Why You Might Want To Double Check Your Microwave Isn’t Cooking Your Employees

Posted on Dec 2 2016 - 5:46pm by Editorial Staff

Recently the National Safety Council put together a list of all the stuff they thought was threatening to employee safety and wellbeing. They went around collecting data from all over the world and found some of the common safety concerns that affected teams, both big and small. It didn’t seem to matter where workers worked, the same issues continually reared their ugly heads, time and time again. Here’s what some of their top safety consultants said that they saw.

Working At Height


Image Source – Wikipedia

According to BLS data, around 14 percent of all workplace deaths were caused by people working at height. Various labor agencies around the world have strict rules about working at height, but their guidelines have still failed to have a significant impact, according to the expert consultants. Most of the falling injuries are related to things like scaffolding and ladder violations and, according to one source, “can originate from a lack of understanding.” Most of the time employees simply aren’t aware of fall protection procedures, and this is what ultimately leads to injuries and death. But sometimes, the employers themselves don’t have a written guidelines for managers to implement. In short: it’s a mess.

Microwave Issues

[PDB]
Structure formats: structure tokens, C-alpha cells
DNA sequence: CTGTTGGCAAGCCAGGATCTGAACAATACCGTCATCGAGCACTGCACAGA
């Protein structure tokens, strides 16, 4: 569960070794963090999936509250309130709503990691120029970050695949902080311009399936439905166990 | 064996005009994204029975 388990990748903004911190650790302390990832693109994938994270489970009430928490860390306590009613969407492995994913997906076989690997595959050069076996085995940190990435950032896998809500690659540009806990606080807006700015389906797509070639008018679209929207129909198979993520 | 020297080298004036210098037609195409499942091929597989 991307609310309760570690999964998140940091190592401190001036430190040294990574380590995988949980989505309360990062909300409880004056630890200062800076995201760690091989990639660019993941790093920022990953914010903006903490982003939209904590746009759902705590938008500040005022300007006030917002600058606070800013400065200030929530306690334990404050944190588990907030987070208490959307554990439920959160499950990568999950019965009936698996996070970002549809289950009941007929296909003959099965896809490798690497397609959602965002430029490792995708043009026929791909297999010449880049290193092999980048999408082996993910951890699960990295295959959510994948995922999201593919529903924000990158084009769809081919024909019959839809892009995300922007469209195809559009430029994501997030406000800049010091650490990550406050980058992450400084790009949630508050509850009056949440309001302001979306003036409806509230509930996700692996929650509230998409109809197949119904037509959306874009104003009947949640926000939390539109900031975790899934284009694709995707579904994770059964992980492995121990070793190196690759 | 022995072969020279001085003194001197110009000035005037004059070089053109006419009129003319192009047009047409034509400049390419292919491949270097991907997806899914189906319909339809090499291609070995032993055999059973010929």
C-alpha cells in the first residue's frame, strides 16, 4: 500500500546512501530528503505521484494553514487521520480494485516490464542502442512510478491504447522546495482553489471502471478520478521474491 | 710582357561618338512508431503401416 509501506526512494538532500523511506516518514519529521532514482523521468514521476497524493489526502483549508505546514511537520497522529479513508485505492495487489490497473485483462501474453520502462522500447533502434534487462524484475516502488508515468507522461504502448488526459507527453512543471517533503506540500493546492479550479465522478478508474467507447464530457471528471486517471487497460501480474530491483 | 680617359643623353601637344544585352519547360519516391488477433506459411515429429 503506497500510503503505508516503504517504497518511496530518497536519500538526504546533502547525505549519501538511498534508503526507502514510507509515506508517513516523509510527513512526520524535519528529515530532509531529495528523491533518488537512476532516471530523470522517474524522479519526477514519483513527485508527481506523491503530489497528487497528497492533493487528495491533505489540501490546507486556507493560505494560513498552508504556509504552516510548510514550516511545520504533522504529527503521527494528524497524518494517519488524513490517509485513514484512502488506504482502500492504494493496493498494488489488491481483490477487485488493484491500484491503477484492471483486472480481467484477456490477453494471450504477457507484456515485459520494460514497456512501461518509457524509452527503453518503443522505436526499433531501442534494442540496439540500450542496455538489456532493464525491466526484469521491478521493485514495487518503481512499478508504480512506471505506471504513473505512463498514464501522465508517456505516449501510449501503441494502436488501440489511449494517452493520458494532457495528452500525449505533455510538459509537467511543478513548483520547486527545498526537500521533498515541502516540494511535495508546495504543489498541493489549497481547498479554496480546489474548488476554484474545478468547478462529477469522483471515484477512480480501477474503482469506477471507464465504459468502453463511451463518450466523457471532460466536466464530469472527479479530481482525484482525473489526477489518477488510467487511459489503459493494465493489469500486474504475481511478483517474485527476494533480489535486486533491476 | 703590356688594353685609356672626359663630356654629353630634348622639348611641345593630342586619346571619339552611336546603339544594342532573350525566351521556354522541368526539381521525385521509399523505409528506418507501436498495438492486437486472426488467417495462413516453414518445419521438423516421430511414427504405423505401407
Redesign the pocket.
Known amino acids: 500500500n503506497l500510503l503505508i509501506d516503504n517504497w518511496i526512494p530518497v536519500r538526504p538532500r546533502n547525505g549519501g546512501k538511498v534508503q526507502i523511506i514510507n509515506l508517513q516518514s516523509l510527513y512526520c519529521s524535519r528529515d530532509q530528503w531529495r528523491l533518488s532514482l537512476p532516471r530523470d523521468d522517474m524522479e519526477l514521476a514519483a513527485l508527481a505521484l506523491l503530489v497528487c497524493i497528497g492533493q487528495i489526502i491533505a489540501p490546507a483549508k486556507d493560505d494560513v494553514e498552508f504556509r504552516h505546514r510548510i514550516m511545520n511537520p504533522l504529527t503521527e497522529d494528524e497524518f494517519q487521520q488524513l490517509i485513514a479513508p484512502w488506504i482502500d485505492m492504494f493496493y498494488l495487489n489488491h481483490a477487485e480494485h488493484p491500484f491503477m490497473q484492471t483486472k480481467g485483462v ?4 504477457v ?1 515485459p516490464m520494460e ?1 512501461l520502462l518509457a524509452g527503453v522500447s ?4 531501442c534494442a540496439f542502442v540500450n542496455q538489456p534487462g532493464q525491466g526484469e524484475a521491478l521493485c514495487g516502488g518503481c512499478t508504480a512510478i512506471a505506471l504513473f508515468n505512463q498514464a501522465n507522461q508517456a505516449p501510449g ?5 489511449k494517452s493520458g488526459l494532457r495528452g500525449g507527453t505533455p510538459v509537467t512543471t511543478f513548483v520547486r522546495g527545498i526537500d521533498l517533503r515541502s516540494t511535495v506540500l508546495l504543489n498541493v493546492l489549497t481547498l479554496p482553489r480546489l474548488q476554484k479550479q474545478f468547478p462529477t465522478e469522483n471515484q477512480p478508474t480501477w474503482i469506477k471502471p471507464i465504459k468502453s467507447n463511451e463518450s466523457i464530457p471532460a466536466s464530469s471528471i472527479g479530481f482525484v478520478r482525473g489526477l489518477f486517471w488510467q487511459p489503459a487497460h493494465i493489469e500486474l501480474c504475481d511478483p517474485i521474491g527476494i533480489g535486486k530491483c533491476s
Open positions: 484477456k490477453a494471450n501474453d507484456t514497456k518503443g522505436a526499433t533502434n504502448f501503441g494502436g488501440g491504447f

Image Source – Wikimedia Commons

It’s not just blocked breakers that employers need to be careful of, according to Jim’s Test & Tag, an electrical safety company from Australia. It’s also the company microwave. Microwaves emit radiation that excites water molecules, heating up food. But that same radiation can leak out, exciting the water molecules in employees bodies. It’s essential, according to the company, to make sure that radiation from staff microwaves isn’t leaking out into the rest of the canteen. However, most companies simply aren’t conscious of the issues. A microwave’s a microwave, right? Wrong!


Anybody who has ever worked in a warehouse environment will know that forklifts are the number one safety issue. Most employers now have procedures in place to protect employees, but employees themselves are still taking risks. According to the expert consultants, employees often feel as if they have to work quietly and get a lot done in a short amount of time. As a result, they often end up loading their trucks with more than their vehicles are designed to carry. This can lead their forklifts to topple over or drop their load. The other major issue is drivers getting distracted. So it’s still important for businesses to educate their employees, emphasizing the fact that safety should come before efficiency.


Chemical industry workers often have to store chemicals for a long time because they never know when they might need a particular chemical in the future. But safety consultants say that this practice is a bad idea. Chemicals, they say, can degrade over time and in extreme circumstance, can explode causing material to be flung out in all directions. Nobody wants that, and so the safety experts say that companies need to develop control systems in order to prevent unstable chemicals from putting employees at risk. Things like disposing of large caches of chemicals is a start, no matter how expensive it is.

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Editorial Staff at I2Mag is a team of subject experts.